From the beginning of this course, assignments were designed to focus your attention on three learning outcomes: critical thinking, production of written texts, and reading comprehension. In this practice and preparation for writing in Comp II and beyond, those assignments included:
- brainstorming --- for the construction of an arguable a) research question, b) thesis statement, c) reasons, and d) opposing reasons, as well as d) a search for verifiable evidence early on so to focus thinking, reading, and writing
- summary of readings and potential summaries (realizing reading for college and beyond requires different strategies to successfully extract main and supporting details that are oftentimes missed by college-level readers who have not engaged at all, much, or critically with texts prior to college)
- proposal of a topic (designed to focus your specific research interests and to share your rationale as well as diverse perspectives/disciplines so to widen your knowledge of the topic and quality sources)
- analysis of rhetoric (designed as practice to examine sources for rhetorical aspects and how writers use these strategies to make an effective/ineffective argument that influences others)
- review of literature (designed to focus on more in depth critical thinking and writing skills, an examination of scholarly conversations and relationships between studies, and an assessment of source arguments)
With each assignment, you were building and connecting one set of skills to use in the last (argumentative research) paper. But also, through this skill building, you have come to better understand the topic you selected and the research question you constructed. Perhaps some of you are still learning about your topic, and that's great! I encourage you to continue to develop it if/when you are given an opportunity to do so in other spaces. In the final argumentative research paper, you will showcase the skills you have developed and practiced throughout the course.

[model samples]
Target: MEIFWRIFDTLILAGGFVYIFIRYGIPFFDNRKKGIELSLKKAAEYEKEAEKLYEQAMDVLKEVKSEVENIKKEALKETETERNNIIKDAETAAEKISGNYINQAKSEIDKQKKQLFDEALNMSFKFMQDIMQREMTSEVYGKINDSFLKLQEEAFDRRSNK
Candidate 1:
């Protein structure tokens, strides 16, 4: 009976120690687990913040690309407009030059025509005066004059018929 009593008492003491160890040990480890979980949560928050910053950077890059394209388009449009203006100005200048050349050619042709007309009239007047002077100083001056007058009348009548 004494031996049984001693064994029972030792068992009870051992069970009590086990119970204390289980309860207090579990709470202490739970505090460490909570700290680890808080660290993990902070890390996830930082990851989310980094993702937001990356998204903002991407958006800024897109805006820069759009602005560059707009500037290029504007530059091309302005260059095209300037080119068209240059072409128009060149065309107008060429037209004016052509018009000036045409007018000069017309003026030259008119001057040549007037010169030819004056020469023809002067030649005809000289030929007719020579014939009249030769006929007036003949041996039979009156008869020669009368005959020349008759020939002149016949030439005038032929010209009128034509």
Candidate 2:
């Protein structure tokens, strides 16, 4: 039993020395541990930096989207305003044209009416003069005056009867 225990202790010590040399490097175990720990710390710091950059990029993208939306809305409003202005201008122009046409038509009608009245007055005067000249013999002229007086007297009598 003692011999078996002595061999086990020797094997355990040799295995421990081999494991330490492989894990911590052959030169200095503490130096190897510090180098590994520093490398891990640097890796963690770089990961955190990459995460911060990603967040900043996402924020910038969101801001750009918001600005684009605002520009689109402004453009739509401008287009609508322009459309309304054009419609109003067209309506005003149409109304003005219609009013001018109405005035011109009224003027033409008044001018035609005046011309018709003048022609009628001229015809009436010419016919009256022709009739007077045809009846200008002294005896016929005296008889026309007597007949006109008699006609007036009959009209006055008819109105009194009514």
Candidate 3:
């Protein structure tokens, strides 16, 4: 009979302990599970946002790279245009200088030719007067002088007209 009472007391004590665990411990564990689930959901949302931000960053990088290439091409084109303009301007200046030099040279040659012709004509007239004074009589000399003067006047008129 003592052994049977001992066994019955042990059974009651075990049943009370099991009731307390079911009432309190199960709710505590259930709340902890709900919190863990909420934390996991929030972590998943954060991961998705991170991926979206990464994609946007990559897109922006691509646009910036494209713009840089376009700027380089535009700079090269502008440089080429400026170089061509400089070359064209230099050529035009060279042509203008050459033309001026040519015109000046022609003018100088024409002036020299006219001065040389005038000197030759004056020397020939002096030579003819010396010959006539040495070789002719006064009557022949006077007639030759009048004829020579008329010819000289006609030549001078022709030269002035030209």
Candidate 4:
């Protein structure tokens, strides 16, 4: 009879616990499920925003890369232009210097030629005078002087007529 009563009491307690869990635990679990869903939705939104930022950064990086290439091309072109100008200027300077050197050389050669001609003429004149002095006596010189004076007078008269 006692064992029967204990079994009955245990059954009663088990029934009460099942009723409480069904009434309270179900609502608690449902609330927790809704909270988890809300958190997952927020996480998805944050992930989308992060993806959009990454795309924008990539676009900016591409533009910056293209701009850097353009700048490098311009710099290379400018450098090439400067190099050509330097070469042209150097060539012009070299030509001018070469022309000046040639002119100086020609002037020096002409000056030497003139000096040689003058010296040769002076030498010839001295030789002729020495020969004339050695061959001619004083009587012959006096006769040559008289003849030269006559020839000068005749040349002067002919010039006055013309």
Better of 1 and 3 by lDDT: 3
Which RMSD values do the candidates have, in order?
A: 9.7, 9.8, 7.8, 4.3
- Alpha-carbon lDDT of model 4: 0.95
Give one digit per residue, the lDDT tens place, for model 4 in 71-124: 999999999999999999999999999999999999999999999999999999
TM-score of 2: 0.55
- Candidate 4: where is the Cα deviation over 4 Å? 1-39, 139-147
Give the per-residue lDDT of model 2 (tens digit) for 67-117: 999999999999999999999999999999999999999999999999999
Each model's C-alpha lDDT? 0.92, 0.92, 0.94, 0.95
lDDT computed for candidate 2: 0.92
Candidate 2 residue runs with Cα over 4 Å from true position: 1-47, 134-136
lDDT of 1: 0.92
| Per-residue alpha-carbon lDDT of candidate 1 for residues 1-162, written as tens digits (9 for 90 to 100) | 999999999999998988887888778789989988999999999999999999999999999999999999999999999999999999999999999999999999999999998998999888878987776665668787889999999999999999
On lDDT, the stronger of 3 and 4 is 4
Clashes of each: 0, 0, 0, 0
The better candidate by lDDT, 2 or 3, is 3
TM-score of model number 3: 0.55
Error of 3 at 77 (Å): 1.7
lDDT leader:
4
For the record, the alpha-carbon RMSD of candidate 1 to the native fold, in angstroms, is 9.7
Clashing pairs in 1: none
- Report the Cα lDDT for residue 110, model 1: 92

Goals and Objectives of Writing the Research Paper:
- To enter a conversation about an arguable, disputed topic, to make a clear claim about your stance on the issue
- To practice modeling your writing by making a clearly stated argument and focusing and organizing paragraphs with relevant thoughts that clearly relate back to the thesis statement that you are to defend.
- To research what others are saying about your topic and to provide sufficient, specific evidence from at least six KSU sources in your argument
- To become proficient at summarizing and evaluating your sources and at successfully linking them to your own argument.
- To learn how to integrate sources smoothly into your argument by incorporating transitions, proper attribution, and citations.
- To address opposing arguments by responding to and evaluating those claims reasonably and respectfully, in relation to your own argument.
- To provide a variety of different perspectives on your topic
- To demonstrate a solid ethos as a researcher (e.g. credible sources; correct use of sources, attention to logical fallacies per April 6 materials provided)
- To develop your voice as a writer and researcher by placing your own ideas in “conversation” with sources
- To demonstrate critical thinking by drawing connections between the variety of perspectives you have researched
No matter the discipline, you will have to write well-researched papers that employ and integrate scholarly sources. Research papers are the cornerstone of many upper-division and writing intensive courses. Sometimes, you will be required to generate your own topics. Other times you may be given a broad topic that you will have to narrow and focus for research. Locating and evaluating quality sources and figuring out ways to effectively integrate those ideas and works into your own writing as well as speeches is a skill. But also, as an informed citizen, you will find yourself having to make decisions that affect not only you, but also others.
Submission Guidelines and Requirements
- 3 pages
- 1 quote per page
- 1 block quote per page
- In-text citations and works cited page
- 3 KSU library sources, 3 quality internet sources OR all library sources
- MLA formatting
- Dropbox submission only by the deadline (unless D2L is inoperative)
- Sources no older than 5 years (unless you use them for historical perspective or background)
- Word documents only
- No late submission due to time constraint as explained throughout the semester, no 2nd revisions